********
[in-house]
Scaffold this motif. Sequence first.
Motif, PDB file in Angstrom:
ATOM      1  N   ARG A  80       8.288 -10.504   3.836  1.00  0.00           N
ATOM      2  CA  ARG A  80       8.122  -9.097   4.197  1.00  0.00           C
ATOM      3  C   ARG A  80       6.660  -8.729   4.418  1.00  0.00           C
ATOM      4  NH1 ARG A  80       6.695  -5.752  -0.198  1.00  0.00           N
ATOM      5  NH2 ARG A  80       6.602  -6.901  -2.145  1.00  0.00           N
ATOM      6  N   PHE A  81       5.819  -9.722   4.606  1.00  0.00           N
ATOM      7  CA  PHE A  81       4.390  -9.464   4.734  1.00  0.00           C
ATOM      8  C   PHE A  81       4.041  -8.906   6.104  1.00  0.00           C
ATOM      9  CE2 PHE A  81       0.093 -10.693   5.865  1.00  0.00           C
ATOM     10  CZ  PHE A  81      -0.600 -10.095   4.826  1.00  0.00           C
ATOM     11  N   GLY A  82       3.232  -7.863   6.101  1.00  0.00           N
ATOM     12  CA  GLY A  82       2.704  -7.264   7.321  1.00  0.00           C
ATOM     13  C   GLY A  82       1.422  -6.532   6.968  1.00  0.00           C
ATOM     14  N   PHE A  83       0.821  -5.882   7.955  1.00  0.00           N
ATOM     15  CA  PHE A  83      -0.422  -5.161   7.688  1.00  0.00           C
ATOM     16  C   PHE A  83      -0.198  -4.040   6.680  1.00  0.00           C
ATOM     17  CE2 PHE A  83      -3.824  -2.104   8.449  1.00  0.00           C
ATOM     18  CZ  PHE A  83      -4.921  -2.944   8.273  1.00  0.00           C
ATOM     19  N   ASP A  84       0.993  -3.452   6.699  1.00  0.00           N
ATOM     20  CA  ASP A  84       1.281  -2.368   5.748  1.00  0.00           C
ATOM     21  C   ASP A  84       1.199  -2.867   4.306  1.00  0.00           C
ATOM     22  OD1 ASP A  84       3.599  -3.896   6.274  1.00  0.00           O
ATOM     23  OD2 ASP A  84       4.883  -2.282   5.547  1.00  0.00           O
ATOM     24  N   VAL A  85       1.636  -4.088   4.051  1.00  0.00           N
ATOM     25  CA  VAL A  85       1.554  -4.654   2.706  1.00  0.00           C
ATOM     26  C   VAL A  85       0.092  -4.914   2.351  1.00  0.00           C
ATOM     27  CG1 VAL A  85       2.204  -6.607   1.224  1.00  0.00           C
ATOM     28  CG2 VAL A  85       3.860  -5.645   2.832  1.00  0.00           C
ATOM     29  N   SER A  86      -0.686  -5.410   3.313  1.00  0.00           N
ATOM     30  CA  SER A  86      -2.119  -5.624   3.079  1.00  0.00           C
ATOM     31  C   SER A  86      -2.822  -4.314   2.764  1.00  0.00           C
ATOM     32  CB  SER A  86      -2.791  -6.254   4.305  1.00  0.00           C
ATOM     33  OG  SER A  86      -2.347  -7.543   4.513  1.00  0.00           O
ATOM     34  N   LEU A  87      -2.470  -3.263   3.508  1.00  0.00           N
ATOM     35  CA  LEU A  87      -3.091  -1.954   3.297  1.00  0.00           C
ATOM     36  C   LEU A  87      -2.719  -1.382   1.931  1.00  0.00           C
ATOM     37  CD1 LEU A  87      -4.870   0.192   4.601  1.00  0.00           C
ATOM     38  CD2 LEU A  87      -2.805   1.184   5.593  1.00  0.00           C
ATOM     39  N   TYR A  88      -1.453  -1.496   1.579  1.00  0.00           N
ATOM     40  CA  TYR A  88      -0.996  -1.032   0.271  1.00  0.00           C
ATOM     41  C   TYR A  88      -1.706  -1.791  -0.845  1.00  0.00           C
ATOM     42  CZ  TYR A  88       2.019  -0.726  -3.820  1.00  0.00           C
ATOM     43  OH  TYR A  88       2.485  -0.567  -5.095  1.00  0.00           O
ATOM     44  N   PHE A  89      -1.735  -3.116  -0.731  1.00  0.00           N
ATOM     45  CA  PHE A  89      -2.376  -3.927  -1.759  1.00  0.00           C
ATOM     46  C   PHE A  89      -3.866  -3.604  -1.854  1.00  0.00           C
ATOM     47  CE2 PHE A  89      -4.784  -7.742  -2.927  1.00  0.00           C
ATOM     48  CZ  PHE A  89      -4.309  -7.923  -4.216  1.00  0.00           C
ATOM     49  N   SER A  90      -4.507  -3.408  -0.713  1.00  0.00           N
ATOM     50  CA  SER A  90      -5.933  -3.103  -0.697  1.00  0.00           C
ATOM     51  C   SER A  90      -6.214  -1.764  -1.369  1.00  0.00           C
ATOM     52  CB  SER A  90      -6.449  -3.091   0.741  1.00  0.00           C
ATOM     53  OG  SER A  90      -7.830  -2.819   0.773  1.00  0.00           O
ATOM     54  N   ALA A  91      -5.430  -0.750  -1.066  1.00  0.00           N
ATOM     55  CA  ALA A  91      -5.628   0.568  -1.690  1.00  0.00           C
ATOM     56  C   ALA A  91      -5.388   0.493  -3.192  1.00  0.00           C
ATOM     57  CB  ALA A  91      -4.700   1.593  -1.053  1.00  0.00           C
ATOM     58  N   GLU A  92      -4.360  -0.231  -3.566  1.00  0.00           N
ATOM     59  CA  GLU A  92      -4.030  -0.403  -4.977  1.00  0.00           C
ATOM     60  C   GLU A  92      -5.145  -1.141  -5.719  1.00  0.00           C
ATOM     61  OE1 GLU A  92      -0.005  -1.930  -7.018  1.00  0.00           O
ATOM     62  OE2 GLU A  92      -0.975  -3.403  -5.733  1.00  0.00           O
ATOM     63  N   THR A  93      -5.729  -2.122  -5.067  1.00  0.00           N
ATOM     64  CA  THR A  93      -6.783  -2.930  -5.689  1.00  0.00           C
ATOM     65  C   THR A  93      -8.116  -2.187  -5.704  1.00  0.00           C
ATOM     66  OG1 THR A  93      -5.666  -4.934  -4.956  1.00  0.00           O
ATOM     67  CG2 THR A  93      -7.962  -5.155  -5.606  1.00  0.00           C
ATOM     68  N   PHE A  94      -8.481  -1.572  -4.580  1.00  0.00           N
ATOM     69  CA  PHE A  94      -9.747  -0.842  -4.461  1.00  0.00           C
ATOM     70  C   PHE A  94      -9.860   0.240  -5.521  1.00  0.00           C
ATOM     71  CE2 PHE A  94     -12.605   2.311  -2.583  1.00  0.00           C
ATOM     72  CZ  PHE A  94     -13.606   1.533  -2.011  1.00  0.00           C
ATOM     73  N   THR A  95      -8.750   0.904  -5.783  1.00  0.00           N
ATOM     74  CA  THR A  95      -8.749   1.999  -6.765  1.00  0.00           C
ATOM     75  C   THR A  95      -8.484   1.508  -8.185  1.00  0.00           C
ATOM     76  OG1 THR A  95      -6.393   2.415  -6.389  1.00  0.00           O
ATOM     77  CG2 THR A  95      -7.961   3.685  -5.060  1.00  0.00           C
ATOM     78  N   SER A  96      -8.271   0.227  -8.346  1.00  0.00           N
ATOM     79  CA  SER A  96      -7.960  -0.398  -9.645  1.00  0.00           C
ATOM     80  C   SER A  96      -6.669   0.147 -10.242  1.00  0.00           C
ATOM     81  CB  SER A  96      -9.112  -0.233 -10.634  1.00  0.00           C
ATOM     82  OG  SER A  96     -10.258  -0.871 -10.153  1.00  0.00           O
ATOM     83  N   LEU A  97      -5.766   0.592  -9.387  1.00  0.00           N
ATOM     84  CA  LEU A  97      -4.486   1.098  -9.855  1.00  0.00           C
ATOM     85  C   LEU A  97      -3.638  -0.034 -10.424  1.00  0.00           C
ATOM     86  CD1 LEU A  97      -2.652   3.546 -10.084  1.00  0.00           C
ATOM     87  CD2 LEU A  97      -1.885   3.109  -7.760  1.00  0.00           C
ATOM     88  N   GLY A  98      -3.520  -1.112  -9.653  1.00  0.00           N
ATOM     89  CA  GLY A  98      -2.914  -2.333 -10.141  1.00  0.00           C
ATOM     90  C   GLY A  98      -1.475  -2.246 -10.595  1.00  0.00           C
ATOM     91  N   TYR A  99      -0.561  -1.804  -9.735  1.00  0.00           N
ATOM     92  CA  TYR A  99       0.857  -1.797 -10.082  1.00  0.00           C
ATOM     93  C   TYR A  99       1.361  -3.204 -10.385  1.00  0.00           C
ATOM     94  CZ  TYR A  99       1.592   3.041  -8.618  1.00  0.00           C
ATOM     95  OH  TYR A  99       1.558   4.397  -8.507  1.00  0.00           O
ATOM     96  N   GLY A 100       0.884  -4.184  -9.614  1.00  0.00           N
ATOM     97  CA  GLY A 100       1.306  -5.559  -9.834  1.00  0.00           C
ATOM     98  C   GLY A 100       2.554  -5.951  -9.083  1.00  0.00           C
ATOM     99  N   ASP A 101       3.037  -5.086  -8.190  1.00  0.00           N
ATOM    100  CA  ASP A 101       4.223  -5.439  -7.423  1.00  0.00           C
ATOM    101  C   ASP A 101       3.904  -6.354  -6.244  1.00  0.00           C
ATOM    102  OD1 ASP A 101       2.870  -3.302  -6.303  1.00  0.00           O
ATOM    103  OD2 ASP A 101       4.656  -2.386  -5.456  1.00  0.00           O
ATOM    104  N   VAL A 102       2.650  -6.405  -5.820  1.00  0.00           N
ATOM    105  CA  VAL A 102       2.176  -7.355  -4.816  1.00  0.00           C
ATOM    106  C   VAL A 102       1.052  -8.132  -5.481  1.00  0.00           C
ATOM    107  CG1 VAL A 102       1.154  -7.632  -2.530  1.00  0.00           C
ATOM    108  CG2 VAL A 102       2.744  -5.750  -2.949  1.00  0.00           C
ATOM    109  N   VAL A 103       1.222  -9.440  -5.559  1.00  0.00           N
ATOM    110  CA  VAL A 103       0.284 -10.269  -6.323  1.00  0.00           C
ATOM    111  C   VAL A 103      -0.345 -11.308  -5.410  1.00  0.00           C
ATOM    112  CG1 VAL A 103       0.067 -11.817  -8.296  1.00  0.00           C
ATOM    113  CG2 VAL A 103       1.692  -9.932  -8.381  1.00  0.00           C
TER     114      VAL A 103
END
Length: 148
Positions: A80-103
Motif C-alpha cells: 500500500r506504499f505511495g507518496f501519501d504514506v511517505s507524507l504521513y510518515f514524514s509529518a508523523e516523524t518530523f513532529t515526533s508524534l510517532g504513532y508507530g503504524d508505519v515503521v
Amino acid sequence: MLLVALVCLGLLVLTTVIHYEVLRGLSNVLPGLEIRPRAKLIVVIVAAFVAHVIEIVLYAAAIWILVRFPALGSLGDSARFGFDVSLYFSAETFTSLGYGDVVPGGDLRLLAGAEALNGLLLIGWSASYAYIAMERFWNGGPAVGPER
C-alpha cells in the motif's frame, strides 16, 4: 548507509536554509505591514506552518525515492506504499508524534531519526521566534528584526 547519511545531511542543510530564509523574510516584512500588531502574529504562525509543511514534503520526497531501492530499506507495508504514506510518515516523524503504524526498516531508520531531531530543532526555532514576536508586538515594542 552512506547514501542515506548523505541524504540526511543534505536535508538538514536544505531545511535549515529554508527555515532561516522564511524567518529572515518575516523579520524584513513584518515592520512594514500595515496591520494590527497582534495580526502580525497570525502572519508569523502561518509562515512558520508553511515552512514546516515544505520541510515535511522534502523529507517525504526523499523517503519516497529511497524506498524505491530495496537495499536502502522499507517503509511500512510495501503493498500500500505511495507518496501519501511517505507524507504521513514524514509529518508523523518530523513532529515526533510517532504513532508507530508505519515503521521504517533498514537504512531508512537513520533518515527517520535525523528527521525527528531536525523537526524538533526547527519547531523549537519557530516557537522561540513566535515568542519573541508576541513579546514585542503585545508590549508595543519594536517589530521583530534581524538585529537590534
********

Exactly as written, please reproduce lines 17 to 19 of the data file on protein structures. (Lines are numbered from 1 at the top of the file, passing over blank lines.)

ATOM     14  N   PHE A  83       0.821  -5.882   7.955  1.00  0.00           N
ATOM     15  CA  PHE A  83      -0.422  -5.161   7.688  1.00  0.00           C
ATOM     16  C   PHE A  83      -0.198  -4.040   6.680  1.00  0.00           C